Japan is targeting an earlier return of the U.S. military’s Futenma air base in Okinawa Prefecture than the original “fiscal 2022 or later” schedule, and has already sliced the work period for a replacement facility, said Defense Minister Itsunori Onodera. The move seems to be an effort by the central government for Okinawa Governor Hirokazu Nakaima to approve the landfill work needed to relocate the Marine Corps base to the said prefecture.
Nakaima is set to make a decision on whether to authorize the landfill, and despite local criticisms has asked the central government to close Futenma operations in five years. Earlier agreement between the central government and Washington would have to be negotiated if they decide to change the original plan, as the government is estimating that construction of a replacement facility would take nine years. Nakaima has taken steps to help come up with his decision and has commanded a senior official to come up with “schedules for various scenarios, including one where the landfill is not authorized.” He has also taken into consideration other U.S. Marine’s Camp Kinser or the Makiminato Service Area and has requested that they be returned to Japanese control within seven years, along with a revision to the Status of Forces Agreement under the clause of U.S. military facilities operations in Japan.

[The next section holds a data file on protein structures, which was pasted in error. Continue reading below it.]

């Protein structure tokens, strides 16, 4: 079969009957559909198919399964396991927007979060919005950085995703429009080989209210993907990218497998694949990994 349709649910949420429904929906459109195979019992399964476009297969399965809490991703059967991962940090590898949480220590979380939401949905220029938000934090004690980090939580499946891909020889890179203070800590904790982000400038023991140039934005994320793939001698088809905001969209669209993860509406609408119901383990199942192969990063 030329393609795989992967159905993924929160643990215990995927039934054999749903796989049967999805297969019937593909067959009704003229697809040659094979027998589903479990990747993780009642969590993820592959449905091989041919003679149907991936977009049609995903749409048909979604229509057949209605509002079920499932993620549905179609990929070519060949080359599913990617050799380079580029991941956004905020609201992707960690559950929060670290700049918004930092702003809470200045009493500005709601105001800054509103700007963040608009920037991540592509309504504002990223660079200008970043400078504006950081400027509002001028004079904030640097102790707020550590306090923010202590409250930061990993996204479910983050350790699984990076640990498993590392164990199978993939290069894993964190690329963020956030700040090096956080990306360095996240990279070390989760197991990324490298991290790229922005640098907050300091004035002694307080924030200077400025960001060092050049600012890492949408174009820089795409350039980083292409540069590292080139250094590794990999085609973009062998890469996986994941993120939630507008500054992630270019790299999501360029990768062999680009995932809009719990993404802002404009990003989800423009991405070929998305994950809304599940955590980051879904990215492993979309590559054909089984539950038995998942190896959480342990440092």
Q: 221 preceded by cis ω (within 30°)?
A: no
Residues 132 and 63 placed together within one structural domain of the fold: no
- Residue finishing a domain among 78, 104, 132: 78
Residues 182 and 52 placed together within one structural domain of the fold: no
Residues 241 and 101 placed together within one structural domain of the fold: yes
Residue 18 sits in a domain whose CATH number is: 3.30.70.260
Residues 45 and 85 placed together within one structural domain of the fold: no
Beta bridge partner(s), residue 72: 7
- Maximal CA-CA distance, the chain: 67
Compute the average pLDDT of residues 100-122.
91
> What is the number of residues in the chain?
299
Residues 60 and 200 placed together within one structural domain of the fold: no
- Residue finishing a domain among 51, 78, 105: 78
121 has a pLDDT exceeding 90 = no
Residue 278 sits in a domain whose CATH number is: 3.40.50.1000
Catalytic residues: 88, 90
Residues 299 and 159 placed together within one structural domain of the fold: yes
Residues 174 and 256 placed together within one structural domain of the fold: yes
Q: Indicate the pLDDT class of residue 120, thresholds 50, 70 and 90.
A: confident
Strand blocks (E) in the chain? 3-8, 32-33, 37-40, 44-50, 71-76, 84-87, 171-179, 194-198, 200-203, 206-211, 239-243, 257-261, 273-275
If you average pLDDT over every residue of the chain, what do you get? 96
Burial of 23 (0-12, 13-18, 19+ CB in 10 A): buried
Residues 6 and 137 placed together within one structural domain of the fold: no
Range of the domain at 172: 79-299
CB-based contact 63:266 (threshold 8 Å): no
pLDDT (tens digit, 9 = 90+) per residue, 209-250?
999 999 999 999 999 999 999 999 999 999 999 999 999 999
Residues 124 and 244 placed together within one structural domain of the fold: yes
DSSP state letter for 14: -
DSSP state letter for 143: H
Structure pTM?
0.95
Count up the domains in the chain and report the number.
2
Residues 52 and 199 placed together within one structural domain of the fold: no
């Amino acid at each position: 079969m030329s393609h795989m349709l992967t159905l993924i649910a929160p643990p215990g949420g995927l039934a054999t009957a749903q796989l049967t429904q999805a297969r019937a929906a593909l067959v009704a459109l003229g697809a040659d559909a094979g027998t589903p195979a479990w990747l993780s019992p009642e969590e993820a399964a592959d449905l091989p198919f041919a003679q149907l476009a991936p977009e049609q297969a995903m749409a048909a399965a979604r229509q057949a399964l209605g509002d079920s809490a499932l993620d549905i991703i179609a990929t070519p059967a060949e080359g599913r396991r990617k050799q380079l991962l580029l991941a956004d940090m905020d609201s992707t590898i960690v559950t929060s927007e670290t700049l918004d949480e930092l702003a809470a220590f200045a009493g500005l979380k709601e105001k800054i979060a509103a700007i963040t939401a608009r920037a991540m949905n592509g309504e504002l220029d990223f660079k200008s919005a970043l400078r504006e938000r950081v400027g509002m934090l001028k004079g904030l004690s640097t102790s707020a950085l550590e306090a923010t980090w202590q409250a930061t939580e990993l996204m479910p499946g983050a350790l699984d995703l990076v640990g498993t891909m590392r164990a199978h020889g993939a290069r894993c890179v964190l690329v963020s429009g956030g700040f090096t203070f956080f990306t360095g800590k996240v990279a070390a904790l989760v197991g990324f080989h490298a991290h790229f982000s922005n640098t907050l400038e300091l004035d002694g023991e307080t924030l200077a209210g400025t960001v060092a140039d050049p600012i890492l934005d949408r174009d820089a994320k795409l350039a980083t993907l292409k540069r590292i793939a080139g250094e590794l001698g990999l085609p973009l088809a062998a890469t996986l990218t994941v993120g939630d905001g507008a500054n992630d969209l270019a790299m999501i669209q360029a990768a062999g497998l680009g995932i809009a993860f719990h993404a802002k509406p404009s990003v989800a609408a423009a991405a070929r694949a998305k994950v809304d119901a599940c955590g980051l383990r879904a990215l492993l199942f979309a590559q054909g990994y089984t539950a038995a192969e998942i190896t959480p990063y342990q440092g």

None other than Prime Minister Shinzo Abe himself has vowed to help shoulder Okinawa’s burden in hosting the bulk of the U.S. bases in Japan, while repeatedly encouraging the prefecture to accept the relocation plan, which will take a year to decide on the layout of the facility and an additional five years to build the runways on the landfill. An additional year will be needed before necessary equipments can be placed to make it operational before seeking Washington’s approval to use it as an air station.